One of the ways Molly Scott Cato identifies to resist fascism, is by cherishing diversity. Within the Pagan community, how we do and don’t do this is rather interesting. We like diversity in so far as it applies to us – as a minority community, our safety depends on an inclusive majority that embraces difference. Many of us are old enough to remember what it was like before EU laws gave us some legal protection.
On the whole we’re pretty good at diversity within Paganism as well. We’re good at accepting the idea of polytheists and animists, we’re doing better with our atheists too. We cope just fine with people following pantheons other than our own, or following paths other than our own. Put a God and Goddess honouring traditional Witch in a room with an animist Druid and a polytheist Heathen, and an ancestor honouring Shaman, and the odds are all will be well.
We are at our least good with diversity when the differences are at their smallest. It’s people who identify as being on the same path or honouring the same deity who are most likely to get into arguments about the right way of doing things and who is really real. It is at this point precisely that we find diversity threatening. This kind of diversity suggests that our personal gnosis about a deity might not be absolute truth, or the only truth. Our vision may not be for everyone. We are validated when other people back this stuff up, but if someone else has been chosen by the same God and told something different, we struggle to embrace that. It inclines us to try and invalidate each other, or prove that our way is better.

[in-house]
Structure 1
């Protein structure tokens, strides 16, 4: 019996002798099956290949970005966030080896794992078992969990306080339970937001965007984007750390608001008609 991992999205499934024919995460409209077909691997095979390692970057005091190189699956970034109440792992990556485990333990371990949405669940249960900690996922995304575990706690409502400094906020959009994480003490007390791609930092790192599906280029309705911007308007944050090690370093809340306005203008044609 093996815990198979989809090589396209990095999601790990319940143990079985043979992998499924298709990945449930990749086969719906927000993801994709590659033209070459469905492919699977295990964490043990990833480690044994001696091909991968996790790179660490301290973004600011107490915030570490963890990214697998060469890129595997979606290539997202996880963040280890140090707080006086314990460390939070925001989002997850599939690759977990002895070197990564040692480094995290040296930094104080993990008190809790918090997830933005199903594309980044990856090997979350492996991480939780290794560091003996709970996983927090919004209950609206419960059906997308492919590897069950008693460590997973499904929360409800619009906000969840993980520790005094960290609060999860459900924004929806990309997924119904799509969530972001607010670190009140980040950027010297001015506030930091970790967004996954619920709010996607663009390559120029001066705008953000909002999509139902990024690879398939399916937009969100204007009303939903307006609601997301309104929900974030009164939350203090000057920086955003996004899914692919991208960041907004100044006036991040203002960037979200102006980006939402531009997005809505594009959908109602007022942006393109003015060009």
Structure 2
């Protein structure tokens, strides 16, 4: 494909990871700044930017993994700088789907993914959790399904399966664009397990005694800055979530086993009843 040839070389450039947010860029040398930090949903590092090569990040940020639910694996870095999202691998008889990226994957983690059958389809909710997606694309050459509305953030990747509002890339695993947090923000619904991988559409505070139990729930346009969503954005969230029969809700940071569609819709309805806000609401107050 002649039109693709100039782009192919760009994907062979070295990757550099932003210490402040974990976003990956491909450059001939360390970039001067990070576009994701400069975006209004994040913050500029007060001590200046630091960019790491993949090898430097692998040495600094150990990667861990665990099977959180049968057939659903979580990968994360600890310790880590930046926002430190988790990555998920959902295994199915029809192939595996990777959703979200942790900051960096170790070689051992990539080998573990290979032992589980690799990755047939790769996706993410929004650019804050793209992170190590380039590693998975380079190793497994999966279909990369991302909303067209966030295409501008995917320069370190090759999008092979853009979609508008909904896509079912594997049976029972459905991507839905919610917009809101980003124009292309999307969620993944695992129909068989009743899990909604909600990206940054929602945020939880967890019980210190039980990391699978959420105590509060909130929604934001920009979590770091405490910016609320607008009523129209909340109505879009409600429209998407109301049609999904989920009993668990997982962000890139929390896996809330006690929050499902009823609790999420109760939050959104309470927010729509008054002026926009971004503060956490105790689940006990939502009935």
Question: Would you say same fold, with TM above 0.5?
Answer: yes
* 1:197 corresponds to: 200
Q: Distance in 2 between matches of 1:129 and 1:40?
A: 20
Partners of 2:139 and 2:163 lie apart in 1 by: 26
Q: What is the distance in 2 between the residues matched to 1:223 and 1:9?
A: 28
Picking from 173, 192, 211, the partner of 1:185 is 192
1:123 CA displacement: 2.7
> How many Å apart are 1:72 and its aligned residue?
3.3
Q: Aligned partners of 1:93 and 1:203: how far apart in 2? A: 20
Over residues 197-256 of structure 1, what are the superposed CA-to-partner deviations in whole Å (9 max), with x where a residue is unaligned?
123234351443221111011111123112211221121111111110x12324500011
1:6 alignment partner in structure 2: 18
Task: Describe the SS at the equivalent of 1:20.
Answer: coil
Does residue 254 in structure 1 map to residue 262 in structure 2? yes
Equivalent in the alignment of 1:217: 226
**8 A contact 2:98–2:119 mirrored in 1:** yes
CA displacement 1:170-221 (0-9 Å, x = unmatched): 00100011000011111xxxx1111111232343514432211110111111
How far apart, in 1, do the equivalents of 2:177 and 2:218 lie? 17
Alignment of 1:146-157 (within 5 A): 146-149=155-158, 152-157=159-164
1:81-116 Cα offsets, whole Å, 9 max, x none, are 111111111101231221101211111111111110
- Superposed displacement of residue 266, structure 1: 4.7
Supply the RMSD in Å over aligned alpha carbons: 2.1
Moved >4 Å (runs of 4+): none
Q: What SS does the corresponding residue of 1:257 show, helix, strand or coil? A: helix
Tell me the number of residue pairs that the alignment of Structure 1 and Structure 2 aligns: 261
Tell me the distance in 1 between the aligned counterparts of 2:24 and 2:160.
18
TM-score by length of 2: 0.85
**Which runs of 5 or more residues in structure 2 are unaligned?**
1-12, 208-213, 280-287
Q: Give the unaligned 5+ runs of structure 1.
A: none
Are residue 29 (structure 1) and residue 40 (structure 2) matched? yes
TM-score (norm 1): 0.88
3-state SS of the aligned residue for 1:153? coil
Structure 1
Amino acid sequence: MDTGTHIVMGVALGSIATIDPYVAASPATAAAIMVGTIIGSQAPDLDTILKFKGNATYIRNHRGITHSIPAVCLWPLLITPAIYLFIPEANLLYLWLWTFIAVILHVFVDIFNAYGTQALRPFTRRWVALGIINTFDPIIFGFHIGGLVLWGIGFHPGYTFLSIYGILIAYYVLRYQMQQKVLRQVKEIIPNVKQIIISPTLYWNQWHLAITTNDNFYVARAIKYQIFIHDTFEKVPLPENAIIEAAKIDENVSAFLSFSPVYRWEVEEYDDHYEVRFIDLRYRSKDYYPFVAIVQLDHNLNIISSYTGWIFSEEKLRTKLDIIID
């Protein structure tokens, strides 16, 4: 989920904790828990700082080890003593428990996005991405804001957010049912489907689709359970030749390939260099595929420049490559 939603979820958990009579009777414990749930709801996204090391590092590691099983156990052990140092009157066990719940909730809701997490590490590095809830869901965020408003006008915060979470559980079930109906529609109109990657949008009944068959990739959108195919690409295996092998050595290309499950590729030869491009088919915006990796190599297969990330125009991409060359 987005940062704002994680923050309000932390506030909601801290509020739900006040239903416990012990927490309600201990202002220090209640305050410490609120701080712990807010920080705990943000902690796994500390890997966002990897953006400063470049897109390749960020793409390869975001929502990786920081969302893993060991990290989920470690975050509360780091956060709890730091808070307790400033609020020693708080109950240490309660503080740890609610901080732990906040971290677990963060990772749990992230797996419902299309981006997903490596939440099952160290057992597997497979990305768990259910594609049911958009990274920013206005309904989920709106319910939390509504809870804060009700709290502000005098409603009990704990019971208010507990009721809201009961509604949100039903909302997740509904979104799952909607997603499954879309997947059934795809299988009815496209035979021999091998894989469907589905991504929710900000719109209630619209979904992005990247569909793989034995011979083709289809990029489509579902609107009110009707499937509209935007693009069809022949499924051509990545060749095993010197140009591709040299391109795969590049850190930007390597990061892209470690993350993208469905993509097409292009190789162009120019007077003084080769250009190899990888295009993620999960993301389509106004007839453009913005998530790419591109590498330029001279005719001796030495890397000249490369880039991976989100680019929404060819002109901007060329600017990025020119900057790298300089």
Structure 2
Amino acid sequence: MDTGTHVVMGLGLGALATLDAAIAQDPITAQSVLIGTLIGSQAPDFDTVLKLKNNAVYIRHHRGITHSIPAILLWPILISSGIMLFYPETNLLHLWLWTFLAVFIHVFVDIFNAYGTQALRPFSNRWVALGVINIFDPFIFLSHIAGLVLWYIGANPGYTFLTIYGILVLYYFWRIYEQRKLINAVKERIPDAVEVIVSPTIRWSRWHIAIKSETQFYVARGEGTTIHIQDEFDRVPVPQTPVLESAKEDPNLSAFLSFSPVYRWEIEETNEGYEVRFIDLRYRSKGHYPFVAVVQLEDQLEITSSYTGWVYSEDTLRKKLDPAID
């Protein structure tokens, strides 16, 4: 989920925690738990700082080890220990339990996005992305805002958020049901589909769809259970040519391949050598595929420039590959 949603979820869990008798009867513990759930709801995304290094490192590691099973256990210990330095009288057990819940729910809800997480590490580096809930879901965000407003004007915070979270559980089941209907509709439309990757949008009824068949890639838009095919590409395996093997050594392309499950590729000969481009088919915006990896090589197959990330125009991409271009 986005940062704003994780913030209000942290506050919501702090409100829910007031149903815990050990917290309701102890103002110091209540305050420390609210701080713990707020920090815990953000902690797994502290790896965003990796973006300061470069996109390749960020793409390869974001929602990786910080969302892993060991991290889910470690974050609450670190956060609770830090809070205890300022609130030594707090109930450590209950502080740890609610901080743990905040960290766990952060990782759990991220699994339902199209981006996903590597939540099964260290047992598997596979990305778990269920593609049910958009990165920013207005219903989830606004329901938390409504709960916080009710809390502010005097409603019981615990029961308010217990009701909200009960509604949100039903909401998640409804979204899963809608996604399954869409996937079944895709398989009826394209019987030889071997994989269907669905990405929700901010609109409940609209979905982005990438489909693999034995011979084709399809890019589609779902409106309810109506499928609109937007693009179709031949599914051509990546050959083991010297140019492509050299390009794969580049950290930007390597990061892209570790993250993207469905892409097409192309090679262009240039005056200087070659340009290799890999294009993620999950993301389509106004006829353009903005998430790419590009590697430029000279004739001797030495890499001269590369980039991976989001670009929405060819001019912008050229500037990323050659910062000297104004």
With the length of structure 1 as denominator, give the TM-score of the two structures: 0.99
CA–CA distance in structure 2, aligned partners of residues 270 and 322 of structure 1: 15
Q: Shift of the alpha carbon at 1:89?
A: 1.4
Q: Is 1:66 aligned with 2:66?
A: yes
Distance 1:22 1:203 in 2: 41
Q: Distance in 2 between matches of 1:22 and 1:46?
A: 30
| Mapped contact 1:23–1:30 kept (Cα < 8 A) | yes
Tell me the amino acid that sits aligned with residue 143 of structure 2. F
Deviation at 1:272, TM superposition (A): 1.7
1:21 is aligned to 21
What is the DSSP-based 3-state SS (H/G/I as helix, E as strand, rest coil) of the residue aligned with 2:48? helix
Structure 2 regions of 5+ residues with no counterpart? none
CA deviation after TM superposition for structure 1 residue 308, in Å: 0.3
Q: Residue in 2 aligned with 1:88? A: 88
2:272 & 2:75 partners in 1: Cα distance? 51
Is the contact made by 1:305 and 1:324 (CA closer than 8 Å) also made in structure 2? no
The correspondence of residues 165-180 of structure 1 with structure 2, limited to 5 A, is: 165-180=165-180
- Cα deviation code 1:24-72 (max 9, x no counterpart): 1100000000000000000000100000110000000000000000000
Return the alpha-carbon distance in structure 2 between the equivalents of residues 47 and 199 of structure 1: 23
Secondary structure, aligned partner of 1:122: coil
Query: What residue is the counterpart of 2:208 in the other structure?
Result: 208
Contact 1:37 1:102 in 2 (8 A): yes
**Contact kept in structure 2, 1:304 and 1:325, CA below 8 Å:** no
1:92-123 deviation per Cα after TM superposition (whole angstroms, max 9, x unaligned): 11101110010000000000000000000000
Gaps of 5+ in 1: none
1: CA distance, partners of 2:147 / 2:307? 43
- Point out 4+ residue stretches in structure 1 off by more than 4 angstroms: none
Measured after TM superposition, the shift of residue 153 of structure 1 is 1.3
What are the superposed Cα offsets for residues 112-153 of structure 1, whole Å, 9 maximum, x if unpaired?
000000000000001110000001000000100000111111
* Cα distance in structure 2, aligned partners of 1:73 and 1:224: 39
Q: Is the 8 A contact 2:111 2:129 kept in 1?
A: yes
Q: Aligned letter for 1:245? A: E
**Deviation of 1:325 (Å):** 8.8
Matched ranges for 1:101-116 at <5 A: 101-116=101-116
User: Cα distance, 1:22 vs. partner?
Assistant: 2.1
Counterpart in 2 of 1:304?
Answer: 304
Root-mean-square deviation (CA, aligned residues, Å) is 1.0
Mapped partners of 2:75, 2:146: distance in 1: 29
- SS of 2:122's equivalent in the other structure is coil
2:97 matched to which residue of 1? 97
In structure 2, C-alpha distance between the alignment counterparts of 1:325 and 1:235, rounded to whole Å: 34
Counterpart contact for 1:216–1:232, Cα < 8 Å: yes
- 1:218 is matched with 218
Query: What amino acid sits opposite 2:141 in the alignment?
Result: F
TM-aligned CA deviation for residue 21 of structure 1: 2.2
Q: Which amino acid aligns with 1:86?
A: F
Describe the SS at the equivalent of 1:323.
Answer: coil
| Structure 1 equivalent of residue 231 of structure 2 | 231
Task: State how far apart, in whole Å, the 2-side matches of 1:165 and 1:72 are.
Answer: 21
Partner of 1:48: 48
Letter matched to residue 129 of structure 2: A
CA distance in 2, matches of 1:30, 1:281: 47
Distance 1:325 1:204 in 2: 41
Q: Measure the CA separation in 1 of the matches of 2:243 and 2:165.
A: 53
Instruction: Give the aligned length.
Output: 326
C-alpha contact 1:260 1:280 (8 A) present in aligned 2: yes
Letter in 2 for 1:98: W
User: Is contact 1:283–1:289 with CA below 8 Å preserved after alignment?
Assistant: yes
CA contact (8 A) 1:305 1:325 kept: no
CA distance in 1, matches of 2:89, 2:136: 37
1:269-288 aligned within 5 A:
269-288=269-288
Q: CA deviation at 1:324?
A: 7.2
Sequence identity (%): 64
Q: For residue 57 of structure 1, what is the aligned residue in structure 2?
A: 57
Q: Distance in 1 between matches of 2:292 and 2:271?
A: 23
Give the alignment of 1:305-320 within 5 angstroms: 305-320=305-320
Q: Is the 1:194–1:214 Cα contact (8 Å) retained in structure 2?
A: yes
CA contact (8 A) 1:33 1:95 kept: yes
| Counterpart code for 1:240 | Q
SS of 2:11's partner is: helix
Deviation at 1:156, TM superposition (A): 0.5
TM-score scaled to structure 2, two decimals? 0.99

Key to cherishing diversity, is to understand why we, and other people find diversity threatening. The problems come when you need the validation of everyone else to feel ok with your thing. With straight people who need to make everyone straight it’s easy to wonder if fear of personal queer feelings may be the root issue here. With monotheists who want to make everyone follow their religion, it is clear that their religion has no room for the idea of other Gods. We are no different. We argue most with those closest to our beliefs because we also need validation and reassurance.
It’s not irrational. When you are the only person who believes something, or experiences something in a particular way, you may feel mad. Everyone else may decide you are mad. Solitary belief can be dangerous. Belief shared with others feels safer. We all want to feel safe and none of us want to feel mad. Owning that fear, it becomes easier to look at personal discomfort with diversity. We are afraid of being isolated and socially shunned. We can deal with that by trying to make everyone more like us, or we can deal with it by undertaking to accept each other regardless of difference. The first option is impossible and can only create tension, resentment and conflict. The second option is perfectly doable if we can square up to our own fears.